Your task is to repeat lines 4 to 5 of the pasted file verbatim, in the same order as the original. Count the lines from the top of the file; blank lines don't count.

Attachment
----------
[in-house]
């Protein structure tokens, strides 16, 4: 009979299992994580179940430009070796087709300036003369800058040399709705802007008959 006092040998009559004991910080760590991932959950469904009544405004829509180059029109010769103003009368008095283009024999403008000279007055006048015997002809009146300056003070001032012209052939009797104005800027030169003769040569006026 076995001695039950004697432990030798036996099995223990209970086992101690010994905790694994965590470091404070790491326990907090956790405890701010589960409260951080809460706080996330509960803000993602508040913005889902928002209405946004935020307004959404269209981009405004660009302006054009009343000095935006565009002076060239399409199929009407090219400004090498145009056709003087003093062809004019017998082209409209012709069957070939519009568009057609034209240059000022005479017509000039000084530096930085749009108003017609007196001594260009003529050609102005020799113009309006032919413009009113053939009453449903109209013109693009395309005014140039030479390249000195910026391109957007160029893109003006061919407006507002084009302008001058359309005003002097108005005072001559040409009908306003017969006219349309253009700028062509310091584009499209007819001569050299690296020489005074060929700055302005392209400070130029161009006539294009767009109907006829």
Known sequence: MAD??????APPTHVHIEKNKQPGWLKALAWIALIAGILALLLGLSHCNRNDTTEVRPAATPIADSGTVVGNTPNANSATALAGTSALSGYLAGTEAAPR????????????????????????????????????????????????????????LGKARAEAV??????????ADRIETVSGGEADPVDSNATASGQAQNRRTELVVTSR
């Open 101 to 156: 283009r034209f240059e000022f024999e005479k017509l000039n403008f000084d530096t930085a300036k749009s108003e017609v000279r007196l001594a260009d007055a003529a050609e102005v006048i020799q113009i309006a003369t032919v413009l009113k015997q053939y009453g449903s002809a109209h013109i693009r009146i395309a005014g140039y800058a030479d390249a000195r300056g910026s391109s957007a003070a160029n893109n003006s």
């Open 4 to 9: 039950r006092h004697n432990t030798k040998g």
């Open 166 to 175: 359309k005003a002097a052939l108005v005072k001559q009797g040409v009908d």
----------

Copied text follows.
């Open 101 to 156: 283009r034209f240059e000022f024999e005479k017509l000039n403008f000084d530096t930085a300036k749009s108003e017609v000279r007196l001594a260009d007055a003529a050609e102005v006048i020799q113009i309006a003369t032919v413009l009113k015997q053939y009453g449903s002809a109209h013109i693009r009146i395309a005014g140039y800058a030479d390249a000195r300056g910026s391109s957007a003070a160029n893109n003006s």
């Open 4 to 9: 039950r006092h004697n432990t030798k040998g």